Pianist Donald Vega’s origins were in Sandinista-era Nicaragua, where he spent the first fourteen years of his journey. His mother then brought him to Los Angeles, where he would eventually meet drum icon Billy Higgins. Higgins nurtured Vega’s will to swing, to play jazz without a ‘Latin accent,’ turning him on to Bud Powell and Charlie Parker. In 2005 he began studies with pianist Kenny Barron at both the Manhattan School of Music and Julliard. More recently, he was the late Mulgrew Miller’s replacement in the Ron Carter Trio. For his third release for Resonance Records, “With Respect to Monty,” Vega celebrates the Jamaican jazz icon Monty Alexander with a hard-swinging compilation of Monty’s great, early compositions. His all-star quartet includes guitarist Anthony Wilson, drummer Lewis Nash and bassist Hassan Shakur.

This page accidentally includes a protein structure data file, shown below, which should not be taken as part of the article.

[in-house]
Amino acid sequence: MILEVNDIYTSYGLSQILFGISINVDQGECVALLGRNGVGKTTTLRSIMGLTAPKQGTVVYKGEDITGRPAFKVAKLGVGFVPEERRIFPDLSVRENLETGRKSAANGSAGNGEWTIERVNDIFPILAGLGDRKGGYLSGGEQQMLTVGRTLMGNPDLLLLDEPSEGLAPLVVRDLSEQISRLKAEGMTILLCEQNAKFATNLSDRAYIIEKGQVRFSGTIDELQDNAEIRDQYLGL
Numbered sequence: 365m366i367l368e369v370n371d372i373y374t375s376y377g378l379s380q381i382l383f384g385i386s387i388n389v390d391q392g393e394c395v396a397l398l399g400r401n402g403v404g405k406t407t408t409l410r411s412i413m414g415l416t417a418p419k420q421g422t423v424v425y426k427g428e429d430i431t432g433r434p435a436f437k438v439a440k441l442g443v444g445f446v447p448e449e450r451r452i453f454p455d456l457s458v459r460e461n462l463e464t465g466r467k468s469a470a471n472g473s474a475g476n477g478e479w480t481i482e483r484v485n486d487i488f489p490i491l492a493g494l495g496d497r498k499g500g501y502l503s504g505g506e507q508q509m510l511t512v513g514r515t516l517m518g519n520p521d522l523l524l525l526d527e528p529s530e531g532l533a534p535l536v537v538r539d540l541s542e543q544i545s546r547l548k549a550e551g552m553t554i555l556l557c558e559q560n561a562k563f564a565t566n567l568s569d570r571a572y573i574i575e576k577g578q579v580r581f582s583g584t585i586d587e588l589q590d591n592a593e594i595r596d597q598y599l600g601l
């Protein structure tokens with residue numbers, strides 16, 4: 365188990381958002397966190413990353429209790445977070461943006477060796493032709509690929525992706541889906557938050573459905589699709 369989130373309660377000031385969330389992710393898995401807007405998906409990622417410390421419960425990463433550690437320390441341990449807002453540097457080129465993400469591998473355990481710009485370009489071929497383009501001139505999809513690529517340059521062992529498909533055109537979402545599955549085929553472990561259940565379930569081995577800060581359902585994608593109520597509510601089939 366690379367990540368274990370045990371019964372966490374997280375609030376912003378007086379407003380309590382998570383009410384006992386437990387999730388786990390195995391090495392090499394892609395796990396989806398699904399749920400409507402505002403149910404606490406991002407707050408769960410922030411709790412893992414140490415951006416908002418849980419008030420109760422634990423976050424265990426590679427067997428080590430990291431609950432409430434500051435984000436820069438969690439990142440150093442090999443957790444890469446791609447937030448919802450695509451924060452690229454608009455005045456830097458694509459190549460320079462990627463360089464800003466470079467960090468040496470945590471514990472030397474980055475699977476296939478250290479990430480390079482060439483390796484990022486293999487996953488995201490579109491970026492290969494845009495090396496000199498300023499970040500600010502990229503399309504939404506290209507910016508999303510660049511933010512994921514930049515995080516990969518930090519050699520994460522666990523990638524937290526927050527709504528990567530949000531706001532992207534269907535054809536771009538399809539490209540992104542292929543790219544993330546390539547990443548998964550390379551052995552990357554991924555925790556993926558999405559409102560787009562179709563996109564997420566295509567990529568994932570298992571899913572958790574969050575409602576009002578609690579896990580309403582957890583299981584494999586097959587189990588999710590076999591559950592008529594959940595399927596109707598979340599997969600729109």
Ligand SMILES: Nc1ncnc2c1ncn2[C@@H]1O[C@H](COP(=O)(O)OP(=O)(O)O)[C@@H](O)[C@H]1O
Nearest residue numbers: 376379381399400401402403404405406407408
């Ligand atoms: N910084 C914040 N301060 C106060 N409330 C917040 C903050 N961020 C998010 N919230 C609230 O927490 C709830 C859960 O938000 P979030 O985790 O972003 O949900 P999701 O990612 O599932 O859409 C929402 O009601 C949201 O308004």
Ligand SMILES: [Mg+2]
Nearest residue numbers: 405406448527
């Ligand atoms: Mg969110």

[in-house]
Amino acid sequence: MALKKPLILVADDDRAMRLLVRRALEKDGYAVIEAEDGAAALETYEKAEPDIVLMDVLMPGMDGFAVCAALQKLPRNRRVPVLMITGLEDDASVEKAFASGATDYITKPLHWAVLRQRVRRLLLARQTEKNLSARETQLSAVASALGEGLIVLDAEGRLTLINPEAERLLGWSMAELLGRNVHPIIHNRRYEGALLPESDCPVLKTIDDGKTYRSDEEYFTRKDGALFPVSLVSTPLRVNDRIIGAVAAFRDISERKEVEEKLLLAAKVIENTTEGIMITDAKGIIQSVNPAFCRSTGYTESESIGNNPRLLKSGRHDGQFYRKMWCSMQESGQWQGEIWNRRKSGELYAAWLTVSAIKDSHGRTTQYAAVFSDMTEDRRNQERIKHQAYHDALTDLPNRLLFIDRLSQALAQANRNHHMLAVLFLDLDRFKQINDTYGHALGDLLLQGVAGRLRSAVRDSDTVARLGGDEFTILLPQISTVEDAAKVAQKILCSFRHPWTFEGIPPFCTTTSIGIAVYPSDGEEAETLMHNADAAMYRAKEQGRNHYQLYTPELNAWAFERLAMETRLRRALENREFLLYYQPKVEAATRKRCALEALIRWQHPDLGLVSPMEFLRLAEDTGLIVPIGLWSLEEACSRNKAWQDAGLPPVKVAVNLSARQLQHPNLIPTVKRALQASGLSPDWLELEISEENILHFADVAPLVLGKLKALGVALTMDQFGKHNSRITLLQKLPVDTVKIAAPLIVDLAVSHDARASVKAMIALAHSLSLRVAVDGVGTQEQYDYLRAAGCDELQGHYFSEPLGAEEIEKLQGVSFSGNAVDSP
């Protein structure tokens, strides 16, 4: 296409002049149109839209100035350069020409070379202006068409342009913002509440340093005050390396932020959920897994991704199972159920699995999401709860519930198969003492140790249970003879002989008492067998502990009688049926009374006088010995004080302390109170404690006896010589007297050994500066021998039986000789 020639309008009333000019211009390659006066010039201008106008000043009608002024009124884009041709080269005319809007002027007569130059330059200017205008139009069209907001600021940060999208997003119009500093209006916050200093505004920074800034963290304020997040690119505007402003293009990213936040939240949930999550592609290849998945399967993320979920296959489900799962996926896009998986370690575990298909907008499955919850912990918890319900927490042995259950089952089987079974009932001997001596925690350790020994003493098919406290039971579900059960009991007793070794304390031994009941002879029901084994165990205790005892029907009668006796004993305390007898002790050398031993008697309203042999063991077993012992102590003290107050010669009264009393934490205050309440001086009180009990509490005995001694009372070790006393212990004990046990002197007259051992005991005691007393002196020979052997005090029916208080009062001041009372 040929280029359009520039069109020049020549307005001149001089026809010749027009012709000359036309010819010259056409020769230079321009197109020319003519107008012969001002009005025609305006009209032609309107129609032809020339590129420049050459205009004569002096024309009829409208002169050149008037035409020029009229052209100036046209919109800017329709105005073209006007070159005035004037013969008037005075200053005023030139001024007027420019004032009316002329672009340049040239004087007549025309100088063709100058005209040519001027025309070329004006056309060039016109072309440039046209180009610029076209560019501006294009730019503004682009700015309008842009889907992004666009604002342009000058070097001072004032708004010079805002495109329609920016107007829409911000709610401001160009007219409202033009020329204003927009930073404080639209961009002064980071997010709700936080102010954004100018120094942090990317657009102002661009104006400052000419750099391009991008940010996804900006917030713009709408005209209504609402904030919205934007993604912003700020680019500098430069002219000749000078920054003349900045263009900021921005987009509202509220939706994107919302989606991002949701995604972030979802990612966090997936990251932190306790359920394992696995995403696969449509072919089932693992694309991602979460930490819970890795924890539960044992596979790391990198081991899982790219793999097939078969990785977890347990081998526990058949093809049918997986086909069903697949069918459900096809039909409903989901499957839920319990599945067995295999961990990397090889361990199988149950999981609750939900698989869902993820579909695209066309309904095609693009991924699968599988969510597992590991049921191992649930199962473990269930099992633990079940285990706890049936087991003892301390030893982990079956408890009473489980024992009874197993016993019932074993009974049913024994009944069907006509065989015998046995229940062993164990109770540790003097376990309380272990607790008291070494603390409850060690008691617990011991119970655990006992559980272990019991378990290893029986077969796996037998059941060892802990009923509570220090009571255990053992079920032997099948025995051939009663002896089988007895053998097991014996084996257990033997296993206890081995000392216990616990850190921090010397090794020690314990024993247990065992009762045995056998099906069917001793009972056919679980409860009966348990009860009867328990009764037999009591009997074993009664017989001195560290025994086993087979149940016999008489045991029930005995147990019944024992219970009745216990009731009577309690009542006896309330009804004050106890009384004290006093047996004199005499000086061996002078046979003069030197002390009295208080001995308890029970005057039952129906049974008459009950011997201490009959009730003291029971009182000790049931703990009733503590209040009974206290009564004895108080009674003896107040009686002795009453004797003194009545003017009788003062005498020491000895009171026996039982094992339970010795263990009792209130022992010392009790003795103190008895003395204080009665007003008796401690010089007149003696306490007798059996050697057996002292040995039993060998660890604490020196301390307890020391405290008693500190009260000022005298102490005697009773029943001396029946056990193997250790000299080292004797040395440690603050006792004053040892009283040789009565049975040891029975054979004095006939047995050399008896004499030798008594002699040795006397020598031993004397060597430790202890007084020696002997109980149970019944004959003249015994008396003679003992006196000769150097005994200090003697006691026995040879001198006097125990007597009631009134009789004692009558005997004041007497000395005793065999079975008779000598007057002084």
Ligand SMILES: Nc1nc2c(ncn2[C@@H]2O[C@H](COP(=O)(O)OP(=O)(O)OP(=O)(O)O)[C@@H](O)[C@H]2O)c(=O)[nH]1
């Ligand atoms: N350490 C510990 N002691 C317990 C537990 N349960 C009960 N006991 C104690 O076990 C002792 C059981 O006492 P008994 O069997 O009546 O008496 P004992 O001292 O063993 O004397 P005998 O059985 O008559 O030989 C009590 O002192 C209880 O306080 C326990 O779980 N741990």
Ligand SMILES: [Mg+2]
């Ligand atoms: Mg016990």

Winner of the 2012 Thelonious Monk International Jazz Drums competition, Jamison Ross is set to release his debut disc, “Jamison,” which not only showcases his prowess as a jazz musician who commands the drums, but also a gifted composer, arranger and, more pointedly, a singer. “When I won the Monk competition, no one there knew I could sing,” he says. “When I took the quest to record my first record, I was torn between my heart as a drummer and my heart as a singer. Ultimately, I was compelled to take a journey that incorporated my voice as part of my sound.” Infused with jazz, blues and genuine soul, the disc filters music from multiple sources through a contemporary approach, refreshing material by Muddy Waters, Eddie Harris and Les McCann and Carmen Lundy, while mixing in some of his own compositions.
Also this week, legendary guitarists Larry Carlton and David T. Walker share the stage for the first time “@ Billboard Live Tokyo”; guitarist and composer Kenny Carr, who spent ten years touring the world with Ray Charles, unveils his fourth CD as a leader, “Idle Talk,” collaborating with longtime friends Donny McCaslin on reeds, Kenny Wolleson on drums and Hans Glawischnig on bass; and the Jazz Professors, with special guest Michael Philip Mossman, perform music inspired by the art of French Impressionist Claude Monet with “En Plein Air.”